When Derek woke up, they went on a walk through the woods. It had been a long, busy week and they’d barely had any time to themselves, barring Derek’s moonsick gropefest.

“So how was it?” Stiles asked as he balanced on a maze of tree roots. “Was it everything you ever dreamed it would be? A smorgasbord of wolfy goodness?”

Derek idly stripped a few pine needles from a branch. “It was tiring, obviously. And, I dunno, communal? Does that make sense?”

Stiles watched Derek climb easily up a tree, pulling himself up by sheer virtue of his arm muscles. When had he gotten so much confidence in his body? When did he start moving around with such ease, like he’d tapped into some aquifer of wisdom that Stiles had yet to find? Stiles was both impressed with and jealous of Derek, in ways that he hadn’t quite worked out yet. Instead, Stiles asked, “when did you become a monkey?”

Derek grinned, his teeth flashing white among the branches, dyed deep brown from the rains. Stiles didn’t have to be a werewolf to smell the damp pine and petrichor filling the air, to see the water droplets hanging in Derek’s hair from where the trees had rained onto him. When had Derek gotten so handsome? He looked like some sort of forest god, which sounded ridiculous, but Derek had a kind of regal way among nature that Stiles- Stiles was just going to shut down that train of thought before he started fangirling and plastering posters of Derek all over his room.

“Since I grew into my werewolf superpowers.”

Oh yeah, Stiles had asked a question.

Looping his knees around a tree branch, Derek swung upside down, almost face to face with Stiles, who gasped delightedly. “Are you offering me a Spiderman kiss?”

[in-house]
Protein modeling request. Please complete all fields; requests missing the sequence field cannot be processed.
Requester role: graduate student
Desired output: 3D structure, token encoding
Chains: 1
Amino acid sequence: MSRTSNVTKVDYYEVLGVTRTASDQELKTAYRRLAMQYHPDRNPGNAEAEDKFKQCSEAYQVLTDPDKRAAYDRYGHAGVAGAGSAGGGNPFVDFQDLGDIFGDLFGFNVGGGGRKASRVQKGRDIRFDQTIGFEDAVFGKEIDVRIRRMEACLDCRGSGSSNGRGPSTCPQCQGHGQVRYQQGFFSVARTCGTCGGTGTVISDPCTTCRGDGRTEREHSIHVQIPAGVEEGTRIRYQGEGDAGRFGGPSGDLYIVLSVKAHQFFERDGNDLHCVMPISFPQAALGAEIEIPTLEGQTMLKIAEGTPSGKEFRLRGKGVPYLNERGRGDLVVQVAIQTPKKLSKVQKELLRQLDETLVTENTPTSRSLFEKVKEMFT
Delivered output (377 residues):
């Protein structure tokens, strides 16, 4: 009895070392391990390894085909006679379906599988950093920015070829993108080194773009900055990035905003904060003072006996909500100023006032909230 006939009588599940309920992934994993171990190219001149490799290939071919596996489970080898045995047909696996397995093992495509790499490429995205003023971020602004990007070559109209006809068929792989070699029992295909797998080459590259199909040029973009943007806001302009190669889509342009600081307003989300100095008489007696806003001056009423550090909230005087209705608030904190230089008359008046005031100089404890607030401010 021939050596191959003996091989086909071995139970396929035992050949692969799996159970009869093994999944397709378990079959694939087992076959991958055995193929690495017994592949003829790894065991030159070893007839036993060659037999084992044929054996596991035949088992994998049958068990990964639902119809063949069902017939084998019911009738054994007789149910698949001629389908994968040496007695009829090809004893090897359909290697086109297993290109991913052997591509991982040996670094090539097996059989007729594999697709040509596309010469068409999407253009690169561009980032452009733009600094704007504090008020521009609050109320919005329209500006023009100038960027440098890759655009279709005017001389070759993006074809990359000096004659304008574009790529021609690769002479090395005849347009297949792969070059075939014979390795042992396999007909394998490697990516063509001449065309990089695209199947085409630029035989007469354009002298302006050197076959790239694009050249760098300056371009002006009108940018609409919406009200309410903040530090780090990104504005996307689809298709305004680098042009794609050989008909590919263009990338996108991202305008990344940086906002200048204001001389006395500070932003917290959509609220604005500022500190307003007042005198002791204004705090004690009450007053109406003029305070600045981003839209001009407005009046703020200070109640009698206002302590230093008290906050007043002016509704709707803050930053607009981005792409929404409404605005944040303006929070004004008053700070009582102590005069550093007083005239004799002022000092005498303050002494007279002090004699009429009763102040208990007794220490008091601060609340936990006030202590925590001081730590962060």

Derek chuckled. “It honestly hadn’t occurred to me, but that’s a good idea.”

His hair was soft and damp under Stiles’ hands as he pulled Derek’s head in. As it turned out, Spiderman kisses felt sort of weird. Derek’s nose dug into Stiles’ chin, and Stiles’ tongue felt disoriented in the upside-down cavern of Derek’s mouth.

“Just come down here,” he mumbled against Derek’s lips.

So Derek did, displacing a large amount of leaves as he jumped to the ground.

Stiles never really got tired of kissing Derek. He should have, they’d been doing it for six years or more now, but it helped that as they got older, the kisses took on a different bent. Six year old Derek never pinned Stiles against a tree and bit at his lower lip. Stiles wouldn’t have even liked it then. He liked it now, though. Very much.

“What, no -mmph- leg humping?” Stiles giggled between kisses. He never could keep quiet.

Derek groaned and pulled back. “Don’t hold that against me. Moonsick, remember?”

“I’m not -mmph- holding it against you,” Stiles panted as he followed the line of Derek’s jaw with his mouth. “I wouldn’t have minded if you were -ngh- in your right mind as you did it.”

“Oh,” Derek said succinctly, and rolled his hips up against Stiles’.

Oh indeed. Derek always had the best ideas.

Except when they had to wait for everyone else to leave the house one way or the other before they could go inside, stinking like sex, to wash up.

Occasionally, the eighth graders would go on a field trip that lasted all day, and it sucked, because it meant that Isaac, Boyd, Erica, and most importantly, Derek, were gone from school that day, leaving Scott and Stiles to loll around at their lunch table, minus four-sixths of their usual gang.

“So...” Stiles mused, casting around for a conversation topic. “How’s the family?”

Scott pulled his gaze away from where Allison, Lydia Martin, and all of the other girls that had reaped puberty’s blessings early were sitting. He fixed Stiles with an odd, appraising gaze. “My mom’s alright,” he said slowly, “she got a promotion at work, and my dad walked out on us. Remember that, Stiles?”